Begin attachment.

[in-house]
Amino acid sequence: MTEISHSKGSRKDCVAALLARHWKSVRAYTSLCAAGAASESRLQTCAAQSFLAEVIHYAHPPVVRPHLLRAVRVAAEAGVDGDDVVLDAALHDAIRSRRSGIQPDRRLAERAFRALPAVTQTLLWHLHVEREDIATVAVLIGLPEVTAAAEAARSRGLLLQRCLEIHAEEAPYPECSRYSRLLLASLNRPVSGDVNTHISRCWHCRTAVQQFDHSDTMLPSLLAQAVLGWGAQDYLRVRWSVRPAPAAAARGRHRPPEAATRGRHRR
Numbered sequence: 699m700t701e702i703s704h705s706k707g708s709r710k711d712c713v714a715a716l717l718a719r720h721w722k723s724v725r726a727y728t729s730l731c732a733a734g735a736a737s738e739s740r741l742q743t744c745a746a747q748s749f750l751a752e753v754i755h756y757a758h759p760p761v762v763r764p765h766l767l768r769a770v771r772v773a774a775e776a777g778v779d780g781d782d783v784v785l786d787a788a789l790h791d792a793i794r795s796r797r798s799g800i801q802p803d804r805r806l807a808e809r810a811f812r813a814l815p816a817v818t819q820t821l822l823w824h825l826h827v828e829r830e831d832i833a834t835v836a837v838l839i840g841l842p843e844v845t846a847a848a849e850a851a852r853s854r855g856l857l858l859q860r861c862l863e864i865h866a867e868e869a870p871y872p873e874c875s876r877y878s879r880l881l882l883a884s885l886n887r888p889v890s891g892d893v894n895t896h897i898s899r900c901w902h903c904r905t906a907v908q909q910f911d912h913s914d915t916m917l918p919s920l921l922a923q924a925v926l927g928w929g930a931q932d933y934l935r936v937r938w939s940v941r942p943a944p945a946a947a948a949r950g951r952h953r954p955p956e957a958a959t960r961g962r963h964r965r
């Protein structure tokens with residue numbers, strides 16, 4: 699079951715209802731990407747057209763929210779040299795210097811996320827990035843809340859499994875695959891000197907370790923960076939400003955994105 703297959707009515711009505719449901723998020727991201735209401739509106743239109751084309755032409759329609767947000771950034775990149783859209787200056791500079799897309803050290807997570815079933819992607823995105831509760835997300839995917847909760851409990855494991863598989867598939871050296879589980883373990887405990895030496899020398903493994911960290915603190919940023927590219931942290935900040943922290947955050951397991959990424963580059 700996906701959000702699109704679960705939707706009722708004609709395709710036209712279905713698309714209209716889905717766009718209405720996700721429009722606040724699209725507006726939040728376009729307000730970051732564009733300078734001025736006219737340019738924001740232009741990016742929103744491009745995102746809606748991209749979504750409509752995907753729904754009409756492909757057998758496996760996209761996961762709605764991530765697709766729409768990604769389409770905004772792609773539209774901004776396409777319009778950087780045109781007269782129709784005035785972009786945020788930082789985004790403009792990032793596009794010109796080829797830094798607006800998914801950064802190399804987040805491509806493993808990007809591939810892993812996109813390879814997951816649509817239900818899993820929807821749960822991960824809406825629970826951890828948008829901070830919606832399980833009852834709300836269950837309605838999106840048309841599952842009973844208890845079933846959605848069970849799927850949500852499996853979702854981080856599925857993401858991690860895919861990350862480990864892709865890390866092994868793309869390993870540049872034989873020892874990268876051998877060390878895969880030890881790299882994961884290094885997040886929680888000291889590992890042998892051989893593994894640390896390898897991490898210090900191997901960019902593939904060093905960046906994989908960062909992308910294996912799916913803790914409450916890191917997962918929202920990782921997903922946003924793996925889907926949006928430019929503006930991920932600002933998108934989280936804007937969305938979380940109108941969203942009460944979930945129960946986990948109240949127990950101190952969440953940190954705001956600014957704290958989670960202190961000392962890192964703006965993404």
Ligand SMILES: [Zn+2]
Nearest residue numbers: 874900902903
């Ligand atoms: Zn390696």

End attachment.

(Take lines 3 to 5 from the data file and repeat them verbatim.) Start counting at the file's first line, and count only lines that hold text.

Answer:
Numbered sequence: 699m700t701e702i703s704h705s706k707g708s709r710k711d712c713v714a715a716l717l718a719r720h721w722k723s724v725r726a727y728t729s730l731c732a733a734g735a736a737s738e739s740r741l742q743t744c745a746a747q748s749f750l751a752e753v754i755h756y757a758h759p760p761v762v763r764p765h766l767l768r769a770v771r772v773a774a775e776a777g778v779d780g781d782d783v784v785l786d787a788a789l790h791d792a793i794r795s796r797r798s799g800i801q802p803d804r805r806l807a808e809r810a811f812r813a814l815p816a817v818t819q820t821l822l823w824h825l826h827v828e829r830e831d832i833a834t835v836a837v838l839i840g841l842p843e844v845t846a847a848a849e850a851a852r853s854r855g856l857l858l859q860r861c862l863e864i865h866a867e868e869a870p871y872p873e874c875s876r877y878s879r880l881l882l883a884s885l886n887r888p889v890s891g892d893v894n895t896h897i898s899r900c901w902h903c904r905t906a907v908q909q910f911d912h913s914d915t916m917l918p919s920l921l922a923q924a925v926l927g928w929g930a931q932d933y934l935r936v937r938w939s940v941r942p943a944p945a946a947a948a949r950g951r952h953r954p955p956e957a958a959t960r961g962r963h964r965r
């Protein structure tokens with residue numbers, strides 16, 4: 699079951715209802731990407747057209763929210779040299795210097811996320827990035843809340859499994875695959891000197907370790923960076939400003955994105 703297959707009515711009505719449901723998020727991201735209401739509106743239109751084309755032409759329609767947000771950034775990149783859209787200056791500079799897309803050290807997570815079933819992607823995105831509760835997300839995917847909760851409990855494991863598989867598939871050296879589980883373990887405990895030496899020398903493994911960290915603190919940023927590219931942290935900040943922290947955050951397991959990424963580059 700996906701959000702699109704679960705939707706009722708004609709395709710036209712279905713698309714209209716889905717766009718209405720996700721429009722606040724699209725507006726939040728376009729307000730970051732564009733300078734001025736006219737340019738924001740232009741990016742929103744491009745995102746809606748991209749979504750409509752995907753729904754009409756492909757057998758496996760996209761996961762709605764991530765697709766729409768990604769389409770905004772792609773539209774901004776396409777319009778950087780045109781007269782129709784005035785972009786945020788930082789985004790403009792990032793596009794010109796080829797830094798607006800998914801950064802190399804987040805491509806493993808990007809591939810892993812996109813390879814997951816649509817239900818899993820929807821749960822991960824809406825629970826951890828948008829901070830919606832399980833009852834709300836269950837309605838999106840048309841599952842009973844208890845079933846959605848069970849799927850949500852499996853979702854981080856599925857993401858991690860895919861990350862480990864892709865890390866092994868793309869390993870540049872034989873020892874990268876051998877060390878895969880030890881790299882994961884290094885997040886929680888000291889590992890042998892051989893593994894640390896390898897991490898210090900191997901960019902593939904060093905960046906994989908960062909992308910294996912799916913803790914409450916890191917997962918929202920990782921997903922946003924793996925889907926949006928430019929503006930991920932600002933998108934989280936804007937969305938979380940109108941969203942009460944979930945129960946986990948109240949127990950101190952969440953940190954705001956600014957704290958989670960202190961000392962890192964703006965993404």
Ligand SMILES: [Zn+2]